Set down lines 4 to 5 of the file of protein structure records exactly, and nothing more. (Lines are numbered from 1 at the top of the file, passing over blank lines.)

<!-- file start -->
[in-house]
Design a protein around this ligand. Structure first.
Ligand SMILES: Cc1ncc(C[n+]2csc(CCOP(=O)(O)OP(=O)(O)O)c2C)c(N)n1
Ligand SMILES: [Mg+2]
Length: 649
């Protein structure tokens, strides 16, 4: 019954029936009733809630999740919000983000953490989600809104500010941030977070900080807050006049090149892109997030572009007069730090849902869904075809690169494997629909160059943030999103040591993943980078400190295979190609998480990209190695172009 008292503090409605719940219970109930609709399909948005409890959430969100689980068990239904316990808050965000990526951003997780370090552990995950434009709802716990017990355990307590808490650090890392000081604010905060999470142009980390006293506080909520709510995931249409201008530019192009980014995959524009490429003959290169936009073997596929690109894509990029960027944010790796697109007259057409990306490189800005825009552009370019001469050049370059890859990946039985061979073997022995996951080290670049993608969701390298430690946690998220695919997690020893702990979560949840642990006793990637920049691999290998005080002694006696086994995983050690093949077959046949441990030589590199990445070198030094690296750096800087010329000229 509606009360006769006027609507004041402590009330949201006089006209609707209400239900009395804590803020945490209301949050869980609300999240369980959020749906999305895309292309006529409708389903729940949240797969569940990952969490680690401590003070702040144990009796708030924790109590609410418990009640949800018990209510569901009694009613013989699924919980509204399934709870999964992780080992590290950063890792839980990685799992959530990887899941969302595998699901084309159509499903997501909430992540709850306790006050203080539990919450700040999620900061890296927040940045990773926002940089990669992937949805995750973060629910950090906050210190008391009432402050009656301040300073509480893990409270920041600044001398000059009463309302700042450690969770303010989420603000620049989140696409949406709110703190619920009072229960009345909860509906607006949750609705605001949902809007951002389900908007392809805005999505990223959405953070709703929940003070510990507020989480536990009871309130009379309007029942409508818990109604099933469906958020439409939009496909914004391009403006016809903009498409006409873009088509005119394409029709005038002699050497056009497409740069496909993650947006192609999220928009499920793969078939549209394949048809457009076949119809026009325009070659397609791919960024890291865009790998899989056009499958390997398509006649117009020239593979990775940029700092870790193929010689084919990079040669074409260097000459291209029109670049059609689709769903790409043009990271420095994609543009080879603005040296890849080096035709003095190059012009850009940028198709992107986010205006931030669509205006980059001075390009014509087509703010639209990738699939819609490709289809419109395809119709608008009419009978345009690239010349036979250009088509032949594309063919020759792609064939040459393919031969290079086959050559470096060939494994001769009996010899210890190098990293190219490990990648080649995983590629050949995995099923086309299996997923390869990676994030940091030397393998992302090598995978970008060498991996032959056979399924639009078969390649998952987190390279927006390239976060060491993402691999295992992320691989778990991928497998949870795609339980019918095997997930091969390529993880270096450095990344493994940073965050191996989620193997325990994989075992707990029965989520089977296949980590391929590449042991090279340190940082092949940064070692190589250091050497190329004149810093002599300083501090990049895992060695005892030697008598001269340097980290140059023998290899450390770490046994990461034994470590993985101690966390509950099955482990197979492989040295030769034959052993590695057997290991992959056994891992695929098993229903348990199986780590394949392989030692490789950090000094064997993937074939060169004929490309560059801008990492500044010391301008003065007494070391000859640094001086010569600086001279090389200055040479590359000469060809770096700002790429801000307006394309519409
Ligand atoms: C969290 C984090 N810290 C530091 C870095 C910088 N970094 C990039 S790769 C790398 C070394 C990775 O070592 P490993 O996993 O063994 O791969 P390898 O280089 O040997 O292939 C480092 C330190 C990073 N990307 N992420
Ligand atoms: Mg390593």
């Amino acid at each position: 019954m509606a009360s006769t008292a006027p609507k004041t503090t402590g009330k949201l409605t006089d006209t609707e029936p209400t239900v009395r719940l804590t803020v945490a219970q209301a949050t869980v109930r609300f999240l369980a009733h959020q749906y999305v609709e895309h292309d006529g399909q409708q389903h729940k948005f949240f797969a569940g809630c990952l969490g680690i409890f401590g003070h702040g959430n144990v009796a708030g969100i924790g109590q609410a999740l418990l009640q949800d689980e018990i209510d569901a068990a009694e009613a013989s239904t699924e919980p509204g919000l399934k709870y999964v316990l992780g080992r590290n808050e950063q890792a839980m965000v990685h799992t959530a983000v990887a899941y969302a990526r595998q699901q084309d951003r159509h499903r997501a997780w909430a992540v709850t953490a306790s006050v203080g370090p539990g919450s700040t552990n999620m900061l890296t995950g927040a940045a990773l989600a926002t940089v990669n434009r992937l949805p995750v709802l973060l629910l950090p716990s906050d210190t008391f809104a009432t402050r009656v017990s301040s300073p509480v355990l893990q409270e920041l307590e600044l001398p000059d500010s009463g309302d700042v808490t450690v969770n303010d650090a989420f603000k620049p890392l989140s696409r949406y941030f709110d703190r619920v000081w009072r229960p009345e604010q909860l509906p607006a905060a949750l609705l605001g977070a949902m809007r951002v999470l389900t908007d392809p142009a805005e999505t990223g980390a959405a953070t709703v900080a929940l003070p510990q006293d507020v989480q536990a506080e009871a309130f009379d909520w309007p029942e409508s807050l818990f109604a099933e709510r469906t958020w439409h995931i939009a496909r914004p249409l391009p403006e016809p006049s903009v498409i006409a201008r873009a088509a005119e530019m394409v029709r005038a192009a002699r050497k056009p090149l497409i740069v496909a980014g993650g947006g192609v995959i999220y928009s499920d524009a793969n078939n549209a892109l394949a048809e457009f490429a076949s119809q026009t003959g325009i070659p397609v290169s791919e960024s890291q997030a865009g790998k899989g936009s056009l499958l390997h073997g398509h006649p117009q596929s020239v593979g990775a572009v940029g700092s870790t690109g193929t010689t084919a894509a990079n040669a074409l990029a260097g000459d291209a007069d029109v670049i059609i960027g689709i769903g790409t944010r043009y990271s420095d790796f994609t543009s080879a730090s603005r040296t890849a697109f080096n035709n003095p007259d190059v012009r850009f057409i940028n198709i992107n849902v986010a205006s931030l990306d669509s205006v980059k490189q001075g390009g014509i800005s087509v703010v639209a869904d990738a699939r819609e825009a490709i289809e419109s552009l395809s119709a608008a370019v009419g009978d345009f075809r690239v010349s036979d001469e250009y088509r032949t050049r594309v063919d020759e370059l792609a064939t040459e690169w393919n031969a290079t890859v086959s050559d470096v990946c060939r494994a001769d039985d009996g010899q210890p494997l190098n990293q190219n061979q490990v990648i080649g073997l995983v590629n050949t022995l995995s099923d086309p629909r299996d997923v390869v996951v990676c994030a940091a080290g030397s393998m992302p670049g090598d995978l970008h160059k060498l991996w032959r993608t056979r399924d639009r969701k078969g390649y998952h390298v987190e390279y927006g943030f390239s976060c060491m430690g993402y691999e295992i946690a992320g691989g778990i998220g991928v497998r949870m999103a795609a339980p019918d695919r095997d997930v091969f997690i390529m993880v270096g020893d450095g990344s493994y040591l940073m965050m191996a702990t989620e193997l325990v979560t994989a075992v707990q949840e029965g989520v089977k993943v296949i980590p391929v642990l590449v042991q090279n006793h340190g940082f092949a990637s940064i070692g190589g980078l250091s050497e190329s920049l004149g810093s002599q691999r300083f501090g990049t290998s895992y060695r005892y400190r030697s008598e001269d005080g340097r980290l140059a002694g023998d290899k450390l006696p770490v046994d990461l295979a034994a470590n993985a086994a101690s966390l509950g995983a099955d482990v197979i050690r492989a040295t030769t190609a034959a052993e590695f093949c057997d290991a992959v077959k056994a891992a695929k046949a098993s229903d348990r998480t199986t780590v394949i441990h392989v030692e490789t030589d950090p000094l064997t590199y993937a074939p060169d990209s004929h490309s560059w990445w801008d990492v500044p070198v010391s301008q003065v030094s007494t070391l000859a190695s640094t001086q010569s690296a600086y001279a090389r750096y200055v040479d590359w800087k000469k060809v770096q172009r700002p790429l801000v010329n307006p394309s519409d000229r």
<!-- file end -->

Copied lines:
Ligand SMILES: [Mg+2]
Length: 649